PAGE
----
Article By: Dan Clark
The Fast and Furious movies have undergone quite the transition in the last few years. When it began it was all about the larger than life underground street racing culture. Now it has morphed into high stakes heist films with crazy car aerobatics. This transition has no doubt been a healthy one. Many of the original detractors, like myself, have been won over by the sheer mindless joy these movies can bring. Things remain on a positive note with the latest installment Fast & Furious 6. Justin Lin continues to combine just the right amount of soup opera drama, over the top action, sleek style, and car porn heroics to make one fun summer movie. It is a film that never takes itself too seriously, and considering the subject matter we are thankful. Fast & Furious 6 doesn’t attempt to transcend its genre—it is content with bringing us along the same old ride many of us have come to enjoy.
The story picks up shortly after the events of Fast Five. Dom (Vin Diesel), Brian (Paul Walker), and the rest of their crew are living large after their $100 million heist. However, the inability to return home and constantly looking over their shoulders are starting to take their toll. A possible ticket home emerges when their previous nemesis, Luke Hobbs (Dwayne Johnson), seeks their help in taking out another group of highly organized drivers who have wreaked havoc across nearly all of Europe. Dom and Brian are at first hesitant, but when they discover their old fried Letty (Michelle Rodriguez), who they thought was dead, is a driver in this team they decide to take the case. They round up their crew in a classic A-Team esc sequence and set out to take down this malicious squad of criminals.
One surprising aspect of Furious 6 is its dedication to story cannon. There’s a tremendous amount of call backs to previous films as it continues to build on its own lore. On the negative side it does make for an unnecessarily convoluted plot. There are moments like Paul Walker embarking on an undercover mission at a prison that ends up having no real point. Despite nowhere subplots like this one Lin does juggle this massive cast remarkably well. A lot of old faces like Tyrese Gibson, Ludacris, Sung Kang, and Jordana Brewster return to their familiar roles. What this cast lacks in acting talent they make up for in chemistry. Their joy for their characters and this franchise radiates off the screen. It’s like watching a group of old friends come together for one of their classic romps around town—just this romp involves espionage, high speed car chases, and your occasional tank.
Considering the massive cast it is impressive that nearly everyone gets an opportunity to have their moment, especially when you include the addition of all the new faces. Two notable additions are former MMA star turn action star actress Gina Crano and Johannes Taslim who burst on the scene last year due to his work in the The Raid: Redemption. They help divvy up the action so there is more than car chase after car chase. One standout moment is a vicious fight between Michelle Rodriquez and Crano. It was a great mismatch of Crano’s elite technique and Rodriquez’s survival instincts. The one person that did get lost in the shuffle was Luke Evans. He played Shaw, the leader of the opposing crew, and while his performance was fine he was never really developed into a solid character. Shaw was nothing more than a stereotypical bad guy who was seemingly always one step ahead over everyone. He was able to move the action along, but could not do much more than that.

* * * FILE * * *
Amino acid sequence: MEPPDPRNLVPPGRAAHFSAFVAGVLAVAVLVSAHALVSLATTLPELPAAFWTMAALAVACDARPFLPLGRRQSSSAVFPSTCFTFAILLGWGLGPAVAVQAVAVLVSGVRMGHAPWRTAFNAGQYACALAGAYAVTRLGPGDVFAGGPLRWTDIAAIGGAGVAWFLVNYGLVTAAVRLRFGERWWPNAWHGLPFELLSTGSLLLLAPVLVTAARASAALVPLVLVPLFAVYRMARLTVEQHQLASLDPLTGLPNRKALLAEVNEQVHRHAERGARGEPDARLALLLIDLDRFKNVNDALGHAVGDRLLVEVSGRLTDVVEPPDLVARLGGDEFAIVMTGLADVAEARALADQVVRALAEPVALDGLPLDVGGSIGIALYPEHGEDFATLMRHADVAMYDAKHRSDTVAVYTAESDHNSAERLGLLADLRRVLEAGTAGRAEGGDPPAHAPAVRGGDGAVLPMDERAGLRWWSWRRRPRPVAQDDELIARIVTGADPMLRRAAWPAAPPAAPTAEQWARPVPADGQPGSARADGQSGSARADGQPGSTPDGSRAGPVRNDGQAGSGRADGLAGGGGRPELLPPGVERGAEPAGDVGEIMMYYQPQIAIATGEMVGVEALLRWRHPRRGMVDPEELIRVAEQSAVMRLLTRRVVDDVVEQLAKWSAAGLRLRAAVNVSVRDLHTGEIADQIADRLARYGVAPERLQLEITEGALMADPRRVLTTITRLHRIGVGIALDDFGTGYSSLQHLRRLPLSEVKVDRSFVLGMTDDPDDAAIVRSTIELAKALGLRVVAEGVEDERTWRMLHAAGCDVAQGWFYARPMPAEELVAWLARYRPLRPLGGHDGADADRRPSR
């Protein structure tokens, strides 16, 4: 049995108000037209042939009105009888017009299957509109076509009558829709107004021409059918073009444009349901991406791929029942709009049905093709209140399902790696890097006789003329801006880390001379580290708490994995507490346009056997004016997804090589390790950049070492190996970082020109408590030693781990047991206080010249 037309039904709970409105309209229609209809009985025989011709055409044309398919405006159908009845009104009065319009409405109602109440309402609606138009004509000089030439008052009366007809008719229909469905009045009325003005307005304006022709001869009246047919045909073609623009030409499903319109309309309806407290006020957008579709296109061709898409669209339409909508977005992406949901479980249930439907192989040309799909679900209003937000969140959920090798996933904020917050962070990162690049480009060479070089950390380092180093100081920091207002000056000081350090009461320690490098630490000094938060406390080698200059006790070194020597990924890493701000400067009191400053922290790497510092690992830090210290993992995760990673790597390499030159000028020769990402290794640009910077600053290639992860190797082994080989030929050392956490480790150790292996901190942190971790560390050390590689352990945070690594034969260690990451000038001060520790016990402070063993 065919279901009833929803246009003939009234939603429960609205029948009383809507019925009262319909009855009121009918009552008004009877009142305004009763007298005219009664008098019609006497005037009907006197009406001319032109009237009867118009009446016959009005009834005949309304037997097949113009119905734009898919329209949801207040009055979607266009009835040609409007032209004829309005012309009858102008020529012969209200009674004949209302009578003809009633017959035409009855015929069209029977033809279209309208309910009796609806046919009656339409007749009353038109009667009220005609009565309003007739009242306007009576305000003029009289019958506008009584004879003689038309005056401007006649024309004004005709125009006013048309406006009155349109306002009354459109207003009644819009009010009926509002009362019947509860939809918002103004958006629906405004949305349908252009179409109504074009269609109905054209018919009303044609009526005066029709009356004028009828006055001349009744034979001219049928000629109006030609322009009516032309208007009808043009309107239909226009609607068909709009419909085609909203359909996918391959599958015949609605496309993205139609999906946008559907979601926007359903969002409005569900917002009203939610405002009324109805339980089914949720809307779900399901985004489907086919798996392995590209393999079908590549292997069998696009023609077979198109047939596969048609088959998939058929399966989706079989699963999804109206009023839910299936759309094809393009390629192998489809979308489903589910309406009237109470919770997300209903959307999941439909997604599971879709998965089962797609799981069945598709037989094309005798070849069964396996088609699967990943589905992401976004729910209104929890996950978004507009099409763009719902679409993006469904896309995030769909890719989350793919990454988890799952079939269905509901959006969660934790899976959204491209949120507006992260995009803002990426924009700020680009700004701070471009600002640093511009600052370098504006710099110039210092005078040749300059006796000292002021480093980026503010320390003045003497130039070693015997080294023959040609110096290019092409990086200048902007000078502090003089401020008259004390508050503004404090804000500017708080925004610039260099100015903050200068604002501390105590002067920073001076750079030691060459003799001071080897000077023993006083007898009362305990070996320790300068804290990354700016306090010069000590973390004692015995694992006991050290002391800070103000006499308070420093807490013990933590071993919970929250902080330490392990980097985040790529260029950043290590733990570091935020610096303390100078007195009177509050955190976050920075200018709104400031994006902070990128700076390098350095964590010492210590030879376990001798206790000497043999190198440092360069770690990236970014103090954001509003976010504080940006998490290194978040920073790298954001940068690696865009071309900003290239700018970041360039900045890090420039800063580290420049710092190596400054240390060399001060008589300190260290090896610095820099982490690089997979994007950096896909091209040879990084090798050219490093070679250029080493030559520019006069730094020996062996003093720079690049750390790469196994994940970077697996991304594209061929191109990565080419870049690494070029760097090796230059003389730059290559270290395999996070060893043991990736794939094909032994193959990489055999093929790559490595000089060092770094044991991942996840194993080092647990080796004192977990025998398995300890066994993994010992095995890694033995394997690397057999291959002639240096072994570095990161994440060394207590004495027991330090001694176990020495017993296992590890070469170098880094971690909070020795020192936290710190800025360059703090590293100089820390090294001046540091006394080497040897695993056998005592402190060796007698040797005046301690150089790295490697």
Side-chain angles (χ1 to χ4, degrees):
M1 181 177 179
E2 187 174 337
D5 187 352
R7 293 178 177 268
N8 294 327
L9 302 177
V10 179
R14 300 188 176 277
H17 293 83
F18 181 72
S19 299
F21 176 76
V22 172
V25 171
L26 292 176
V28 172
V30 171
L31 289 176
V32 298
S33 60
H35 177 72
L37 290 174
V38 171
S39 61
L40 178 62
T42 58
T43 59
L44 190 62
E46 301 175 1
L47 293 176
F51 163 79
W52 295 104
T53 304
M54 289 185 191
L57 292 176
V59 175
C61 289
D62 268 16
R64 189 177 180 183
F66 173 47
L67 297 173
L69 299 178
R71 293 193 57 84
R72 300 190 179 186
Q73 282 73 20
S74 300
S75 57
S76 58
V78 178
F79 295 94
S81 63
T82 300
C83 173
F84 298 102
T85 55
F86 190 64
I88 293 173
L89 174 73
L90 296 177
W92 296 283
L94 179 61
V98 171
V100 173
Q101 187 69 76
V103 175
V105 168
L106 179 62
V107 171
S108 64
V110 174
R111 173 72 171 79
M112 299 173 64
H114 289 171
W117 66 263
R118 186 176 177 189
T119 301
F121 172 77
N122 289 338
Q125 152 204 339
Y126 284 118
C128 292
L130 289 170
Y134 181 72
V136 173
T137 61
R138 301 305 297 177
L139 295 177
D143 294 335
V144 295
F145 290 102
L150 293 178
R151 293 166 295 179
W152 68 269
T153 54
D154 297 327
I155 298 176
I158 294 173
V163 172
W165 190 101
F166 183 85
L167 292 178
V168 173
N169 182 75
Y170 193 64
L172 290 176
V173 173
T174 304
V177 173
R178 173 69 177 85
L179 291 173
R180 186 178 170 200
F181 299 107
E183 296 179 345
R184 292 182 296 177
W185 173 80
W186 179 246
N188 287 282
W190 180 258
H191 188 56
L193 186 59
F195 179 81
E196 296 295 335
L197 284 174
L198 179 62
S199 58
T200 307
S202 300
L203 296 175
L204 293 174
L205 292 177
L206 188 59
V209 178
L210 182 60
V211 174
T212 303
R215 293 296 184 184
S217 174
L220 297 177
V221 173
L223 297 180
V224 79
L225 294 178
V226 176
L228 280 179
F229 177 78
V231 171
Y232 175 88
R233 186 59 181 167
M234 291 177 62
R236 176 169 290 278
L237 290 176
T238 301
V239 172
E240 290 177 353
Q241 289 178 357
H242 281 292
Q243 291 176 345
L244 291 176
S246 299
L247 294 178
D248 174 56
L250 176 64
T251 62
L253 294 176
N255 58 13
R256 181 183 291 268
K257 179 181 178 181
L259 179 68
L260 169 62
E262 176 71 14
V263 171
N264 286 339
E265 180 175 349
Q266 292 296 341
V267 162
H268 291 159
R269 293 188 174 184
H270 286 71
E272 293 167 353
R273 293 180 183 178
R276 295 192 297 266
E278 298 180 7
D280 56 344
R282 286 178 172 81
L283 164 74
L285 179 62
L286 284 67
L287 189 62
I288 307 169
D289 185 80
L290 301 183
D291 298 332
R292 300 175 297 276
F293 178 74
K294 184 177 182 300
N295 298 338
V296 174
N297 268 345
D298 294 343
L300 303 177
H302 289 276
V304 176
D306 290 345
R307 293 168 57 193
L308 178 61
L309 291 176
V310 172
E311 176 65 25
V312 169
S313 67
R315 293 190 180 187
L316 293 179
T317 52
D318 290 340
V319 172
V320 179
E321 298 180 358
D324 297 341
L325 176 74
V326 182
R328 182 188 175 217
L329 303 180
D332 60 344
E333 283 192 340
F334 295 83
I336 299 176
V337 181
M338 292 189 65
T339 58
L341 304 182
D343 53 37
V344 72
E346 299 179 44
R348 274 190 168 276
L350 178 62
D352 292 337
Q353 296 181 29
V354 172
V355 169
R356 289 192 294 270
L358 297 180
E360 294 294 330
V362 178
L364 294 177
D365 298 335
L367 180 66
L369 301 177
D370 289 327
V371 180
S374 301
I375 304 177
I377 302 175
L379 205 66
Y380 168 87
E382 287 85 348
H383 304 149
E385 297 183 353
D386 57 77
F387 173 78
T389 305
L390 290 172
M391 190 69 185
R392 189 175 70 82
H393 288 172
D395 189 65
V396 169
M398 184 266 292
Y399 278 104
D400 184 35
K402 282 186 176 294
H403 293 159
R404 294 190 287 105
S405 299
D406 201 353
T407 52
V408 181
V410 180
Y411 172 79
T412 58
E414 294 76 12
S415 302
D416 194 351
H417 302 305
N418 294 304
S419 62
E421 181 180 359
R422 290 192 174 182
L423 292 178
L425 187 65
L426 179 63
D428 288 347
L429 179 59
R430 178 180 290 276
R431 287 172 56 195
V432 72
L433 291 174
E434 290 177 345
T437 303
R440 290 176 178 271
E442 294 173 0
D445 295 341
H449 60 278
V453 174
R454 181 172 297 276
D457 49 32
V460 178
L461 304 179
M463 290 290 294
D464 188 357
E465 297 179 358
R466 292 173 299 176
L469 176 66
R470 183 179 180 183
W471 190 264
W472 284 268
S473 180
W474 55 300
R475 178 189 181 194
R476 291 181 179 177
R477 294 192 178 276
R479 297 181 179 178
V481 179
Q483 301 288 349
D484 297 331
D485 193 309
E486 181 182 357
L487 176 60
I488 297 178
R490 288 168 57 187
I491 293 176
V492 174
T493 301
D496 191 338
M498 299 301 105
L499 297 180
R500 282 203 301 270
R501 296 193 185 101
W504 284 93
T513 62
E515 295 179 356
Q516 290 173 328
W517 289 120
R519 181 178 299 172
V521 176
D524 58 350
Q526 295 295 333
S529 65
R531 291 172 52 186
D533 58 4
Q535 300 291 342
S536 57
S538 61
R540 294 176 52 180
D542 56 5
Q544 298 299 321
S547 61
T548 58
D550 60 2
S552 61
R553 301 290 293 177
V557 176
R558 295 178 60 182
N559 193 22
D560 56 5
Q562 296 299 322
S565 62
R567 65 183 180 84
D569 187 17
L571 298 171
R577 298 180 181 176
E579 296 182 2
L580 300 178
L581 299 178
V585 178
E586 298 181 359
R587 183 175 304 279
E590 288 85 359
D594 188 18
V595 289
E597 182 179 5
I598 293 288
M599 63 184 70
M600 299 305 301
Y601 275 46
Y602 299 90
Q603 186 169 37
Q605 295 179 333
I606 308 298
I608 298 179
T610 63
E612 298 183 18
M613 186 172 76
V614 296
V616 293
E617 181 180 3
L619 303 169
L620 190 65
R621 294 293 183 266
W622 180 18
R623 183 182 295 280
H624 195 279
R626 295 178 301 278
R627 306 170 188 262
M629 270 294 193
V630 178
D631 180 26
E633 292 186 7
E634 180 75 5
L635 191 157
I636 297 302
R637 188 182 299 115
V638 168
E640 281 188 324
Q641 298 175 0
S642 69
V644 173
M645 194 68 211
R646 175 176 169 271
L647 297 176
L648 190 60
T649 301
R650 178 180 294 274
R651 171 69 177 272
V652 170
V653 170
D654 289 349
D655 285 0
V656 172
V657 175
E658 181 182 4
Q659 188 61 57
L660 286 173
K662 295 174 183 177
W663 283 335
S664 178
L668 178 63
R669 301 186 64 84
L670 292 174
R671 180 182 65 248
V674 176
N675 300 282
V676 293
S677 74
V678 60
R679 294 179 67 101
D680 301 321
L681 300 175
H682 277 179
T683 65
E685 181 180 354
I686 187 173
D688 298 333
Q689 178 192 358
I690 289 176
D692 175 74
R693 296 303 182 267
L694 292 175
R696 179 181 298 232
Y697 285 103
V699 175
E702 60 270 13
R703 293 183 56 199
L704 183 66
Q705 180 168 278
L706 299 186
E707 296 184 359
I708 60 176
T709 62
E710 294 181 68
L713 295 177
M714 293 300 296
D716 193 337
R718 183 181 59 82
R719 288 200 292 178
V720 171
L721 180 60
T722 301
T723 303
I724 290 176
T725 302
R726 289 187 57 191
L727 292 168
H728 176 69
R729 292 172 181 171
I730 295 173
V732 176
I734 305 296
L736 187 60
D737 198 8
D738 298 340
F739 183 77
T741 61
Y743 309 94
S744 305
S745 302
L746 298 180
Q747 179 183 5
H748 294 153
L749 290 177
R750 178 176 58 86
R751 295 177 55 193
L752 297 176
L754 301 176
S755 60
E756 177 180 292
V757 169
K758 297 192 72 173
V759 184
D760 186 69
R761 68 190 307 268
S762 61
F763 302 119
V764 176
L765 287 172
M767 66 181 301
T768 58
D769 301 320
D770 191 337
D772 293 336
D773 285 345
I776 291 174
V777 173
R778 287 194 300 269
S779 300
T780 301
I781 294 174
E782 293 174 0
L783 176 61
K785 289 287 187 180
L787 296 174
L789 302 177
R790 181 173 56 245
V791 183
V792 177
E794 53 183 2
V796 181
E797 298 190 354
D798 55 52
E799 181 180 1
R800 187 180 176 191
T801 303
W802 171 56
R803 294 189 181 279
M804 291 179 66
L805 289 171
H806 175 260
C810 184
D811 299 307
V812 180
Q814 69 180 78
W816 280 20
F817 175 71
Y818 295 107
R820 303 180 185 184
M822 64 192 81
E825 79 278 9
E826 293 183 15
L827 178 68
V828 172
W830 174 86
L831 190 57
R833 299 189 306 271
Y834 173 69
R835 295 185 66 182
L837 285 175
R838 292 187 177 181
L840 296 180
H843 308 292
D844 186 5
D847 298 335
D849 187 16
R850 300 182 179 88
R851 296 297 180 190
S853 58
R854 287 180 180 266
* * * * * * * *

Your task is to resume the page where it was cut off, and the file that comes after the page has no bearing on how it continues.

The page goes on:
Obviously when it comes to Furious 6 the key to its success lies within its action set pieces. As the films have grown older elements like logic and physics have quickly seeped away. Gravity has little bearing on the stunts they are capable of pulling off. Though having an issue with the unrealistic nature of this film’s action is like getting upset at technique of a stripper’s choreography—it’s is not really what you are there for. The key question is—do they replace gravity and logic with fun and interesting sequences? Yes…yes they do. Lin takes over the top and adds a slick edge to it. A crazy highway sequence involving a tank is perhaps the biggest standout. Watching this tank rampage through traffic like a hot knife through butter as a group of souped-up sports cars try to take it down was the epitome of crazy fun. The addition of Shaw’s flip cars also allowed for a number of unique and destructive crashes. Each set piece is different from the next as it never gets bogged down with repetition. Ironically the only time the action really doesn’t work is when it involves a car race. The execution of these races is rather derivate, and they appear to be nothing more than fan service.
Another issue is the inherit need to continuously one up itself. You’d think a tank would be the height of the craziness, but it is able to go one step further with incredible take down of a massive airplane. This sequence is full of pure joy; however you can’t help but wonder if the breaking point is not long off. Luckily we do get a small glimpse of this franchise’s possible future, and that glimpse will certainly send waves of positivity across its fandom.
Fast & Furious 6 delivers on what it promises. In no way will this change complete doubters into believers. If you enjoyed the amped up energy of Fast Five there is no reason why this installment should let you down. Yes the drama is stale, the acting is laughable at times, and the dialogue oozes cheese. Still, those issues are easy to overlook when you are moving at such high speeds of excitement. Usually when a franchise is in this stage of its career it has long over stayed its welcome. Fast & Furious 6 shows the best days might be here to stay.